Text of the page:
June 13 2014
Anyone who reads about the findings of the National Center for Education Statistics and the Bureau of Justice Statistics’ new report on campus crime and safety is going to be extremely alarmed.
The study reported that the number of sex-related crimes on college campuses has gone up by 51 percent between 2001 and 2011. This led to headlines such as these: “College Sex Crimes up by 51 Percent, Even as Other Crimes Fall, Study Finds,” or “Report Sees Surge in Sex Crimes on College Campuses.”
But can this be true?
American Enterprise Institute researcher Caroline Kitchens has read the report and crunched the numbers to find that it is indeed not true. She writes:
In fact, the report shows no such thing. The reported 51 percent increase is based on raw numbers of reported offenses and fails to take into account the fact that college enrollment has increased dramatically since 2001. When the report’s authors accounted for this, they found that reported forcible sex offenses have increased by a much smaller margin — from 1.9 per 10,000 students in 2001 to 2.2 per 10,000 students in 2011.
It would have been more responsible and informative for the media to report that there has been about a 16 percent increase in the rate of reported sex crimes. But that would have been less useful for fueling the popular (though thoroughly discredited) narrative that American college campuses are in the midst of a booming sexual-assault epidemic.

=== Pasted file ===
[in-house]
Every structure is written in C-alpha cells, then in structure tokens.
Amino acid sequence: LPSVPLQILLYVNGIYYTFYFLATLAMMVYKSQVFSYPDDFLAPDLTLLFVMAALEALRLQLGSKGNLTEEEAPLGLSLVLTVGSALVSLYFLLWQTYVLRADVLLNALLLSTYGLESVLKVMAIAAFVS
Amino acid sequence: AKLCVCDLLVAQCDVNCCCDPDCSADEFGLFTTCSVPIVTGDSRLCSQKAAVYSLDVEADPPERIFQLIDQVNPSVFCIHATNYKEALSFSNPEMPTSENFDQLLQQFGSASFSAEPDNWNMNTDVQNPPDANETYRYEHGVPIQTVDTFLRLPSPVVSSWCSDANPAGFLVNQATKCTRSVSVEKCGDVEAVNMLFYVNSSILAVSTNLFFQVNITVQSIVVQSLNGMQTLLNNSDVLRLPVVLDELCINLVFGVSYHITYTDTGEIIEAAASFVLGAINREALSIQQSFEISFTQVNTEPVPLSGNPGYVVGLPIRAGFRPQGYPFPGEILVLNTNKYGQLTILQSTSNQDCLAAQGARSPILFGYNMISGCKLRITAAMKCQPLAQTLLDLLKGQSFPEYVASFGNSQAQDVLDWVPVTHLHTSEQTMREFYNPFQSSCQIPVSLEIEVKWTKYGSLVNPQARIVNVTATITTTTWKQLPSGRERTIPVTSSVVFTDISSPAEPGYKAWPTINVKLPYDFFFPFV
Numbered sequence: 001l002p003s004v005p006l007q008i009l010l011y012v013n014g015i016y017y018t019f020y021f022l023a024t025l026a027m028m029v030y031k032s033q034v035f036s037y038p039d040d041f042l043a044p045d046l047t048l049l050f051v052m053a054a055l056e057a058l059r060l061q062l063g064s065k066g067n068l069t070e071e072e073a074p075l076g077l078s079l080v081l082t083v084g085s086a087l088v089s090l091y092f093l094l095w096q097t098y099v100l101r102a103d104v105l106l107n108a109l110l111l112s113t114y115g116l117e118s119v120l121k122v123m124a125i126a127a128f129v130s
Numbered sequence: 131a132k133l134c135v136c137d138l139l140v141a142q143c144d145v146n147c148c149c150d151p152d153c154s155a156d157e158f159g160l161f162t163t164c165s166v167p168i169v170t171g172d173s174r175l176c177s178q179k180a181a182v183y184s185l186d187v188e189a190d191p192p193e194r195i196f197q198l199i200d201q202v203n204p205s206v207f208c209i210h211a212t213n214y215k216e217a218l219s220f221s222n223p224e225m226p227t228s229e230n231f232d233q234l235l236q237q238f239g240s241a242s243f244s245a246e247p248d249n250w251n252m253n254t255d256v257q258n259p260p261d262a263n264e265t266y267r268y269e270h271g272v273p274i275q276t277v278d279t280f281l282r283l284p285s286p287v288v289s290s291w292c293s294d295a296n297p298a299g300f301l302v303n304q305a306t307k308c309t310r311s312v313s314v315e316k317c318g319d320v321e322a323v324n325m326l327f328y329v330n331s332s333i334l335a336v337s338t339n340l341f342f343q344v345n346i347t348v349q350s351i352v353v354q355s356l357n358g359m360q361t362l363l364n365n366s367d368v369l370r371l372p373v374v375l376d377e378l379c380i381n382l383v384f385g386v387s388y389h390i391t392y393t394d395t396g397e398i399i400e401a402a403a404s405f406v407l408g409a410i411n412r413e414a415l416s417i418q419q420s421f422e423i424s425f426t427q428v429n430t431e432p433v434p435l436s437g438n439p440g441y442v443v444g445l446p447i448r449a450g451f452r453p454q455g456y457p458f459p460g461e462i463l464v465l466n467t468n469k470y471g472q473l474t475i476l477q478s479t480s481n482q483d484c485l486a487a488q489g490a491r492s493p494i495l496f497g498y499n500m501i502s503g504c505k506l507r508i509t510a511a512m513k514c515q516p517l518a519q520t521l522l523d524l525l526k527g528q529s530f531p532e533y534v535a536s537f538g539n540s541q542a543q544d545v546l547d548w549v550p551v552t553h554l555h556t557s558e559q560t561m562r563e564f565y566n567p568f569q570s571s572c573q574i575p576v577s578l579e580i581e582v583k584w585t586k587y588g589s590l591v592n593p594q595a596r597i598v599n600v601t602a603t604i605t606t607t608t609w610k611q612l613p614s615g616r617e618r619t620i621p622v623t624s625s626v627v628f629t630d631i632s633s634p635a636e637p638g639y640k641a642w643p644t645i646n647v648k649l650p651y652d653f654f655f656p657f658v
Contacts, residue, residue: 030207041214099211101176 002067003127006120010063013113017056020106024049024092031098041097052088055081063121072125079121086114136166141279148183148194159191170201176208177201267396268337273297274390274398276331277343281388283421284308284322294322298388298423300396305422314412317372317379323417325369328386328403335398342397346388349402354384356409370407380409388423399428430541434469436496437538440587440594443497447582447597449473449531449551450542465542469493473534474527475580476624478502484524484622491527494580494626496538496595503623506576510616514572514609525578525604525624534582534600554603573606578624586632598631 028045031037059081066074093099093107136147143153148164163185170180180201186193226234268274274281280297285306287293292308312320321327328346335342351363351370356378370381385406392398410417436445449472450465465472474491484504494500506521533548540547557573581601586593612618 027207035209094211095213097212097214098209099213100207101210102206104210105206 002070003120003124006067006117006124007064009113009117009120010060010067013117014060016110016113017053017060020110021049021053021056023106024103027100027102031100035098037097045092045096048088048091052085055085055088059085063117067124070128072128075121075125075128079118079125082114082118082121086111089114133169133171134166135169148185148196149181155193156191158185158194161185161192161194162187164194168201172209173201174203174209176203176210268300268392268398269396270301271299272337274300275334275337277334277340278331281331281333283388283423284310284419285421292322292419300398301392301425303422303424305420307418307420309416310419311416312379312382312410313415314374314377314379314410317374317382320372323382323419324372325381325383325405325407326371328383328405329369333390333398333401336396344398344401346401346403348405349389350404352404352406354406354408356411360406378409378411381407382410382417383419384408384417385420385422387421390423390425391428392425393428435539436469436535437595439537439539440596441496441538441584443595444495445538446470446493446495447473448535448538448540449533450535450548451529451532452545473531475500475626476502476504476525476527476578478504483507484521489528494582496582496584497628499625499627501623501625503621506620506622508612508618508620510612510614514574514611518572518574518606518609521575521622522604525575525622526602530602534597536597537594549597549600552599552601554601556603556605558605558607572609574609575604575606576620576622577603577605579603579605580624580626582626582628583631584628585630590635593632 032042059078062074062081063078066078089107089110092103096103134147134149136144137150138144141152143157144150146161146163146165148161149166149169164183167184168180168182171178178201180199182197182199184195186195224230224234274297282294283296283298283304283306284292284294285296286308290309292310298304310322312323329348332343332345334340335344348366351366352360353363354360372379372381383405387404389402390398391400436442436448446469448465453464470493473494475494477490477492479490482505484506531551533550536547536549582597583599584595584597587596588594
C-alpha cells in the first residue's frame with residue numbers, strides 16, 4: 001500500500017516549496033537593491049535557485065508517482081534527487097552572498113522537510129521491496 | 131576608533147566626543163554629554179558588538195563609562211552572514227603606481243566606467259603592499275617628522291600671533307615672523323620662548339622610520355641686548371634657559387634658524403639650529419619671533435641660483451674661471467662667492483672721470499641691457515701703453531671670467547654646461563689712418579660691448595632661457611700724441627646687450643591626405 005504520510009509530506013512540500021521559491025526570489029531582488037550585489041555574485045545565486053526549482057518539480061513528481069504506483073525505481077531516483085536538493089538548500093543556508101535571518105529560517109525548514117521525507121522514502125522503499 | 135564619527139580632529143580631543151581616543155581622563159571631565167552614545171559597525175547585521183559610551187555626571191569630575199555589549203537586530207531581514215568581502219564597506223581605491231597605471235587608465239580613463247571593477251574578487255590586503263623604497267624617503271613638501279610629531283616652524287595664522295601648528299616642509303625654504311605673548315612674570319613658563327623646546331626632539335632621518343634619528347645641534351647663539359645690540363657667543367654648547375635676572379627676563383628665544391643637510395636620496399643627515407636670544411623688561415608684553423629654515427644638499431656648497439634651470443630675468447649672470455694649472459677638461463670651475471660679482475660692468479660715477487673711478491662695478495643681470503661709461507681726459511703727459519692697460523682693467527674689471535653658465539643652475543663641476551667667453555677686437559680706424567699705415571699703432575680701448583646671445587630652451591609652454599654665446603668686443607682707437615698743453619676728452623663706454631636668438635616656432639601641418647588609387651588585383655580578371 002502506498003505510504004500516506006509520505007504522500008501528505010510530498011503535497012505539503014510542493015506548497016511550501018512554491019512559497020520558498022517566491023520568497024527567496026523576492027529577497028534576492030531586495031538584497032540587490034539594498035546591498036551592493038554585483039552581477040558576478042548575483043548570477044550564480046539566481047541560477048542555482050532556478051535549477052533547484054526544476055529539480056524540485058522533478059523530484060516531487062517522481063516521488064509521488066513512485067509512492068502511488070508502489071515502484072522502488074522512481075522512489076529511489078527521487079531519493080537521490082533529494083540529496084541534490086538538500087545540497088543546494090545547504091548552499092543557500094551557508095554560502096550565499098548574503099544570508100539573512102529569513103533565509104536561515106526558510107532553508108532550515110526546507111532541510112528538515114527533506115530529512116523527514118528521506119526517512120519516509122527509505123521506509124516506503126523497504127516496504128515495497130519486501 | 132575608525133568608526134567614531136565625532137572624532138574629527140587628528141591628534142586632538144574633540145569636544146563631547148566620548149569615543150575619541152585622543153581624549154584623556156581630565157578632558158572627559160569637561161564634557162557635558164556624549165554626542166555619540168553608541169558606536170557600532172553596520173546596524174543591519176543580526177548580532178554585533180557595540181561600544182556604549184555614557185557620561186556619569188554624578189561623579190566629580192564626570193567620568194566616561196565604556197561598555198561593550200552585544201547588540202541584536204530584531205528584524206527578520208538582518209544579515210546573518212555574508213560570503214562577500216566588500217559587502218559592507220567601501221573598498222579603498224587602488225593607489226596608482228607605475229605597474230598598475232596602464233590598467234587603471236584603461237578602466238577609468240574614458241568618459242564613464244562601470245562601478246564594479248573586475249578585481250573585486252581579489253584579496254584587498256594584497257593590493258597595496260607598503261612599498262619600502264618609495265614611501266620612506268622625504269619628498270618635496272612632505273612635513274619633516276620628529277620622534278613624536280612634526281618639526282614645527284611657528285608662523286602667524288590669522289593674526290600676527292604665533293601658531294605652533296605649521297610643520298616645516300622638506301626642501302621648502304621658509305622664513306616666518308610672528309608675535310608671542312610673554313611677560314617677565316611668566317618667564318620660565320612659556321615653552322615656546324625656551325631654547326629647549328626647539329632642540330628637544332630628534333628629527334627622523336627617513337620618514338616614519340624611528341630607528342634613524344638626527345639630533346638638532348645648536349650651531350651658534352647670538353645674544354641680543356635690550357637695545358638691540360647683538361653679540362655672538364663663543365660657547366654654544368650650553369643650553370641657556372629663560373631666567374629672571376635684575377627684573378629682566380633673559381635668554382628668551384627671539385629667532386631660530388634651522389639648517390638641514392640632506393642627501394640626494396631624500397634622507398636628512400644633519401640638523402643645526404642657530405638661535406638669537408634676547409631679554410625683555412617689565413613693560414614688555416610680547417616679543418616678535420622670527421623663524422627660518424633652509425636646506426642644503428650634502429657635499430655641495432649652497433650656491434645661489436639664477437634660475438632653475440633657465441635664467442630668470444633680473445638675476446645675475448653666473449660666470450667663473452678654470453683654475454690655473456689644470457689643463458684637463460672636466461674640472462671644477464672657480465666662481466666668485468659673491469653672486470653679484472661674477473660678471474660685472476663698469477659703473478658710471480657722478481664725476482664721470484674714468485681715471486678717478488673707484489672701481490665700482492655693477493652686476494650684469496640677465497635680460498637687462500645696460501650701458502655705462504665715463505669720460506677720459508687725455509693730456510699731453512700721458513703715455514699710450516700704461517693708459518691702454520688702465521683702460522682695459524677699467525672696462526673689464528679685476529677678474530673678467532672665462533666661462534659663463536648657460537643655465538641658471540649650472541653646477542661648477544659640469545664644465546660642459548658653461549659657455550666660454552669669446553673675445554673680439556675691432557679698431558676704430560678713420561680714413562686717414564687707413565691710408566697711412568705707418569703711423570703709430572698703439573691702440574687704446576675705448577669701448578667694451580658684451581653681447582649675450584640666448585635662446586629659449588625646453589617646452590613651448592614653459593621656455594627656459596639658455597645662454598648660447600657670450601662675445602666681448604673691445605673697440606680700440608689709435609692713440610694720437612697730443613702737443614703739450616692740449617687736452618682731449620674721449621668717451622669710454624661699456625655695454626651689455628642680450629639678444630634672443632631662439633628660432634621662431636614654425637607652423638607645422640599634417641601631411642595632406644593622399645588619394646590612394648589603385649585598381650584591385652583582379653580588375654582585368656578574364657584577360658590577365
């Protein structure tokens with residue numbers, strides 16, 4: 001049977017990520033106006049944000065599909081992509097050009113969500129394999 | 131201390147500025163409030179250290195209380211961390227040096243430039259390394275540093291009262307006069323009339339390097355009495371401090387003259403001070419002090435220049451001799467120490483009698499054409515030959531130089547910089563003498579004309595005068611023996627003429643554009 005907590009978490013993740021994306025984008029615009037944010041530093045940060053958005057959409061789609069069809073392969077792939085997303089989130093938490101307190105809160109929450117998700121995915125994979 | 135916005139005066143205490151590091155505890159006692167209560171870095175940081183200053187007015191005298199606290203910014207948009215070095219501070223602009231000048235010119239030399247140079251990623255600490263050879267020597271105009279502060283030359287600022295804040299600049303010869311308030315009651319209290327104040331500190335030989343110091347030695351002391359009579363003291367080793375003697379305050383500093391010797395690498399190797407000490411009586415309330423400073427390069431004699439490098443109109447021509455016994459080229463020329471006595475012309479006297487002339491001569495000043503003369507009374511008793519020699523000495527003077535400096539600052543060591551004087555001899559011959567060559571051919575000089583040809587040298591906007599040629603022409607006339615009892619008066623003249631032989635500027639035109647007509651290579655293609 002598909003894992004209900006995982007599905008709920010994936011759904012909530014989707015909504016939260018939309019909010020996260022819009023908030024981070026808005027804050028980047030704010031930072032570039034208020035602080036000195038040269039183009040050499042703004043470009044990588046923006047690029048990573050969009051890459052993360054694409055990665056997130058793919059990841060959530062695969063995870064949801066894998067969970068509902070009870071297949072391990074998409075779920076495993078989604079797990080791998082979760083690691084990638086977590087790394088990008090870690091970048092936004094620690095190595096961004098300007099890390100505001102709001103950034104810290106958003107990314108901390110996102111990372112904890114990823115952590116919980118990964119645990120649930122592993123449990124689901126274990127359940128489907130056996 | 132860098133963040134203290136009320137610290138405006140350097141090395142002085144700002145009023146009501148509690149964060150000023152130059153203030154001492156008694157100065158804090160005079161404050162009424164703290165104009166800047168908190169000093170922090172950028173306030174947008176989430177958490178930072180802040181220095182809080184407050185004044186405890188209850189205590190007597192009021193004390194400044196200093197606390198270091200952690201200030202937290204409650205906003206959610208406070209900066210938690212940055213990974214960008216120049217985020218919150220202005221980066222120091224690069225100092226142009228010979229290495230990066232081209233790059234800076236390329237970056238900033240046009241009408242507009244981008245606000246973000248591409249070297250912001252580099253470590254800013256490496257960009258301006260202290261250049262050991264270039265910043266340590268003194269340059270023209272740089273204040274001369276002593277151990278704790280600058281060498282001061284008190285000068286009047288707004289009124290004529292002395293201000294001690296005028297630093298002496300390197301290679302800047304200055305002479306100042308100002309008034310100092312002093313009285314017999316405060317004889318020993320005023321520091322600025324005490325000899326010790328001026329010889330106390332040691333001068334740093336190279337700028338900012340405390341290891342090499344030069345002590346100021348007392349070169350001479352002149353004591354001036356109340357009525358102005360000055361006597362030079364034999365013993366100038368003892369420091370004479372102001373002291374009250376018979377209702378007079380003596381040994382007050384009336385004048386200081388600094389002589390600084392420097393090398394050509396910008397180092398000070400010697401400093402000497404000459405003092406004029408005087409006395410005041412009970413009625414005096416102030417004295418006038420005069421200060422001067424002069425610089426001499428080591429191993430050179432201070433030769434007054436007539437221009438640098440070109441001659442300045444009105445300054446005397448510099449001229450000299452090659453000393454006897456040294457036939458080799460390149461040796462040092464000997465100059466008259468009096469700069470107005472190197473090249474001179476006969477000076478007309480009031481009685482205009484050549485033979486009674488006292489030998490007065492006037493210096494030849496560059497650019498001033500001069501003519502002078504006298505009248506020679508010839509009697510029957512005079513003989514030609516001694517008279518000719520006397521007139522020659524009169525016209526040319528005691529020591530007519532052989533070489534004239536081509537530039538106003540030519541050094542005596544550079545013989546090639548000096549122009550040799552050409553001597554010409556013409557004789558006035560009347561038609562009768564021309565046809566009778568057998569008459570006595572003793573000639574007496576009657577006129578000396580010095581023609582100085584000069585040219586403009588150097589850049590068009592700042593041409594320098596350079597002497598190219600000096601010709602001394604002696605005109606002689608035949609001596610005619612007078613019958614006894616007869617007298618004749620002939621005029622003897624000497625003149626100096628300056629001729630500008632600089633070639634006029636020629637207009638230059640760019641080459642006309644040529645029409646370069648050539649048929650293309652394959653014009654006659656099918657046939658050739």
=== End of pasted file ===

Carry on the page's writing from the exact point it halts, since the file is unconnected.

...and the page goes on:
Although many journalists have gone for the colorful headline, a few have acknowledged that the supposed 51 percent increase doesn’t reflect a genuine change on campus:
Some commentators have rightfully acknowledged that the increase in reporting is likely the result of years of activism focused on encouraging victims to come forward and insisting that schools accurately report crime data.
At Time, Eliza Gray writes that it may seem an “odd cause for celebration,” but “to many counselors and administrators, the increase is a sign that schools are getting better at handling sexual assault.” A writer for the feminist website Bustle insists that it’s evidence that “anti-sexual assault policies are actually working.”
Certainly, rape is an underreported crime, so it’s understandable that advocates view any increase in reporting as a victory. But it’s quite a stretch to imply that we can make fair-minded judgments on whether or not our policies are working based solely on the number of unsubstantiated reports of victimizations.
We at IWF want all accusations of sexual assault to be taken with utmost seriousness.
But we are concerned that an atmosphere of hysteria is developing—thanks in no small part to inflated numbers being bandied about from official reports.
If you share our concern, please join us for IWF’s June 26 panel entitled “Straight Talk: An Honest Conversation about ‘Rape Culture’ and Sexual Violence.”
Panelists are Factual Feminist Christina Hoff Sommers, Stuart Taylor of the Brookings Institution, columnist Cathy Young, and former Bush administration official Andrea Bottner, who handled international women’s issues. –
Wine and cheese and spirited but civil conversation! Sign up here.